We need to ensure that every person in this country has access to health care—including medical, dental and mental health care—and that this be funded out of general taxes.
How can we accomplish this?
Key to the program is to reduce production to a minimum, ending all socially unnecessary production.
With that, we must establish national health care and a minimum standard of living for all. This should be incomes at least at 200% of the current poverty line.
We must cut our workforce by 75% in any given year. That means everyone will only work one year out of every four. In the years not working, the government will provide the minimum wage to each citizen (currently about $48,600). Thus every person will be provided for during the years they don’t work. This will reduce the need for everyone working, while taking care of everyone.
We must put an upper income limit for wages, salaries, investment income, capital gains, etc. All money above that limit shall be donated to the common pool, to support people during their off-working years.
Cut the military and military-related spending by at least 90 percent.
If we are going to have a chance to save humans, animals, oceans and most plants on this planet, we have to drastically reduce production. Period. There simply is no other way. Anyone who argues elsewise must show how we can continue and/or increase production and save everything on the planet. I have seen nothing that suggests this can be done.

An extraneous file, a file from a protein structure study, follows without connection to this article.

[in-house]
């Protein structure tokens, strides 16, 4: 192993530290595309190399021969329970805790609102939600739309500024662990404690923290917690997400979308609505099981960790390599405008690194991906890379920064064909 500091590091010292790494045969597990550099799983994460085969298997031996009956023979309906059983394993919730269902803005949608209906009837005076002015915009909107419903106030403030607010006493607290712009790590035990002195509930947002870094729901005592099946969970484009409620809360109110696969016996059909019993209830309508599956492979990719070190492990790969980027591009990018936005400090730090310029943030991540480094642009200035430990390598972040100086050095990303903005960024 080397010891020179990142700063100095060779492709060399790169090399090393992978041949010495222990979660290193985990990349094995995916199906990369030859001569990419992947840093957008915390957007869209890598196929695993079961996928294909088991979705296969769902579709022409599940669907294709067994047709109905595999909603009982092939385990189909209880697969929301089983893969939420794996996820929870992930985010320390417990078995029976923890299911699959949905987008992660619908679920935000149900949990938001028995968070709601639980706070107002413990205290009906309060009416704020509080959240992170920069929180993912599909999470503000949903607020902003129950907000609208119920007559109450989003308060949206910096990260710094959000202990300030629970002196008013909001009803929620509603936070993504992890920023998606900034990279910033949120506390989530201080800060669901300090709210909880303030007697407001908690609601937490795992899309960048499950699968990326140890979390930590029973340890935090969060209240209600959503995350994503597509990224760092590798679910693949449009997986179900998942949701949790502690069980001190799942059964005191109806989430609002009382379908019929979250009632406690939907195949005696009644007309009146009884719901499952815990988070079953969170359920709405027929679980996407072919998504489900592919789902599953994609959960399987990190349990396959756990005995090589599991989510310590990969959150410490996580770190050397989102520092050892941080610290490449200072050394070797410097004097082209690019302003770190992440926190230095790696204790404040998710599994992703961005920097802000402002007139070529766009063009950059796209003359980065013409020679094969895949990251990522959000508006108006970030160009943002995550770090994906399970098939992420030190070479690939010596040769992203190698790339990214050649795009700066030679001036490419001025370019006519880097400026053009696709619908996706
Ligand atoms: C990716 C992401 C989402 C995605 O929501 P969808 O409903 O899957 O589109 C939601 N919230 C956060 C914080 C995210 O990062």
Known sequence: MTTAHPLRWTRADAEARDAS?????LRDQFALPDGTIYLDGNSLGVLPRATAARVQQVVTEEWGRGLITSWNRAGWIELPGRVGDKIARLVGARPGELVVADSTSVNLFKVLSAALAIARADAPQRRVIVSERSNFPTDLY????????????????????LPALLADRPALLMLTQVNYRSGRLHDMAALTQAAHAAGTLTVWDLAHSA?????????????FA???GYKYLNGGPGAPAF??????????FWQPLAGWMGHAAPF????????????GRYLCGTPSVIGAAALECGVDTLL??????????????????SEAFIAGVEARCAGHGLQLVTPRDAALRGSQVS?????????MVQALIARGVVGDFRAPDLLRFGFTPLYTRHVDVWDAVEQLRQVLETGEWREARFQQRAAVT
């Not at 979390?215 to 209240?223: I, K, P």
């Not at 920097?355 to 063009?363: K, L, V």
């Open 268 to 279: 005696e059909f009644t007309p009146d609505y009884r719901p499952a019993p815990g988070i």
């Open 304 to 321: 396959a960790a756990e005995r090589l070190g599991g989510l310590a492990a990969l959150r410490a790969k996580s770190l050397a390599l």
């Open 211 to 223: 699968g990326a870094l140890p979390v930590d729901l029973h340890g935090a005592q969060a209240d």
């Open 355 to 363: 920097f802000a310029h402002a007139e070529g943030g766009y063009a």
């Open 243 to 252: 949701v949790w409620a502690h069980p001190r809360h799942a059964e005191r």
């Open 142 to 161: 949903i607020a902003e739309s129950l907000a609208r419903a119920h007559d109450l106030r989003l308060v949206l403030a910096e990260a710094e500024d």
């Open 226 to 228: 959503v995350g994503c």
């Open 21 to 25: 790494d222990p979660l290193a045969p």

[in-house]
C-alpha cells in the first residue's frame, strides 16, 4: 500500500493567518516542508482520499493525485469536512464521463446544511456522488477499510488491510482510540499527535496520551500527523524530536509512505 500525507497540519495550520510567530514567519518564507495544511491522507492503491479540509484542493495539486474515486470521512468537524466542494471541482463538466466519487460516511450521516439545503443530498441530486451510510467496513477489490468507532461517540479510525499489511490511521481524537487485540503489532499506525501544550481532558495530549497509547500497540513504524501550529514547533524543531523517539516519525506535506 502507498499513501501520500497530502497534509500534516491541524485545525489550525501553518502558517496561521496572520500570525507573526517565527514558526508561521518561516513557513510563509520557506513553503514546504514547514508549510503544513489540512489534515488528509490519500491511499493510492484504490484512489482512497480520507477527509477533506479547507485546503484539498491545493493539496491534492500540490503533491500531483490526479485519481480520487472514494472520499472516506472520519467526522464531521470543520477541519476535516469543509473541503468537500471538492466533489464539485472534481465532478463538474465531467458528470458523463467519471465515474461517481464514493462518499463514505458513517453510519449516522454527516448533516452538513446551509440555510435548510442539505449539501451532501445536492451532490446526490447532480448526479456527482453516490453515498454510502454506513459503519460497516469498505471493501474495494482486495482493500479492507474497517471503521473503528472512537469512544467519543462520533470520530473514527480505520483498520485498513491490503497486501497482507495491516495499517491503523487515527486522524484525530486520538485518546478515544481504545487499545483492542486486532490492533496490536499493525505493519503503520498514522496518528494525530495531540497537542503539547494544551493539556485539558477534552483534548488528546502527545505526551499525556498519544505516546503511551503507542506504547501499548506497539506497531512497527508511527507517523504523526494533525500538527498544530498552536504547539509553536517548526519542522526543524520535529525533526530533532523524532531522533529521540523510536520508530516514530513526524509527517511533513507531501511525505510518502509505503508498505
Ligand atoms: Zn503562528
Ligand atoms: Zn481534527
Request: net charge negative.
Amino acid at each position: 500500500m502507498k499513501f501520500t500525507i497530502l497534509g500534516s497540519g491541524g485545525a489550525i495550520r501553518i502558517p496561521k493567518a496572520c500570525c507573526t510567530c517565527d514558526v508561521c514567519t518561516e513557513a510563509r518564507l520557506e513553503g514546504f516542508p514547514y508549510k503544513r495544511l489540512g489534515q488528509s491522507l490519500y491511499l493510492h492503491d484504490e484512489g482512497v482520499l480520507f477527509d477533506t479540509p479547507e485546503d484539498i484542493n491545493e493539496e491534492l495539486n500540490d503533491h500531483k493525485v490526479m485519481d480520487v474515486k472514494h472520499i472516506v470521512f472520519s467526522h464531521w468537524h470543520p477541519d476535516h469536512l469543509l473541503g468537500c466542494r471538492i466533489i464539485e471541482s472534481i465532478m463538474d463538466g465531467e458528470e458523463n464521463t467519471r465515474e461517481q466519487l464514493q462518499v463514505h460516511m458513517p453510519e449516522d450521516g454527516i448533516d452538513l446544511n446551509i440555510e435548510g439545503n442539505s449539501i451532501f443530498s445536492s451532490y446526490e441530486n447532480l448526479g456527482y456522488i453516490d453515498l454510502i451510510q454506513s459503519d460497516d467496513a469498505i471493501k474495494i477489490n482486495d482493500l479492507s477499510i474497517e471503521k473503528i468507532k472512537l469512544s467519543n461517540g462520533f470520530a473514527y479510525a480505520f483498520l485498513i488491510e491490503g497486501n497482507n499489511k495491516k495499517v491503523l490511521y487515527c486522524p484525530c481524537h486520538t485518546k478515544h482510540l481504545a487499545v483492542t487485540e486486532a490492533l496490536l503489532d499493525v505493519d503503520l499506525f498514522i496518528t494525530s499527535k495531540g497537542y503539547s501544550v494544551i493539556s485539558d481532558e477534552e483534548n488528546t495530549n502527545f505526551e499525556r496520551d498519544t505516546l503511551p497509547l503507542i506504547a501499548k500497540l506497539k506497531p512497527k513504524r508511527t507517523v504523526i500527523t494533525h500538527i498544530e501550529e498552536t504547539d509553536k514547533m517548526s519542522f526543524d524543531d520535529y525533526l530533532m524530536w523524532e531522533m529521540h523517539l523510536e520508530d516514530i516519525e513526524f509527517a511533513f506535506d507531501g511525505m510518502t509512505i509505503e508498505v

That means, quite simply, that we must quit making profit—or even seeking profitability—as the overall goal of production. Although I am not a Marxist, I will put this in Marxist terms: we have to renounce producing for “exchange value” and adopt producing for “use value”; in other words, we have to totally reorient our economy to where production is minimized, and what production that remains must be for the well-being of everyone concerned. That also means that whatever production that still is done is done in the most sustainable manner possible, with reuse and recycling engineered into the product from the beginning.
This means there will be even less need for people to work for wages outside of the home. There has never been a period of capitalism where everyone who wanted a full-time job could get one, and I’m not even talking about being paid good wages; I’m talking about there’s never been a time when everyone who wanted a full-time job could get one at any wage rate. This is true in the United States, and even more true throughout the rest of the world.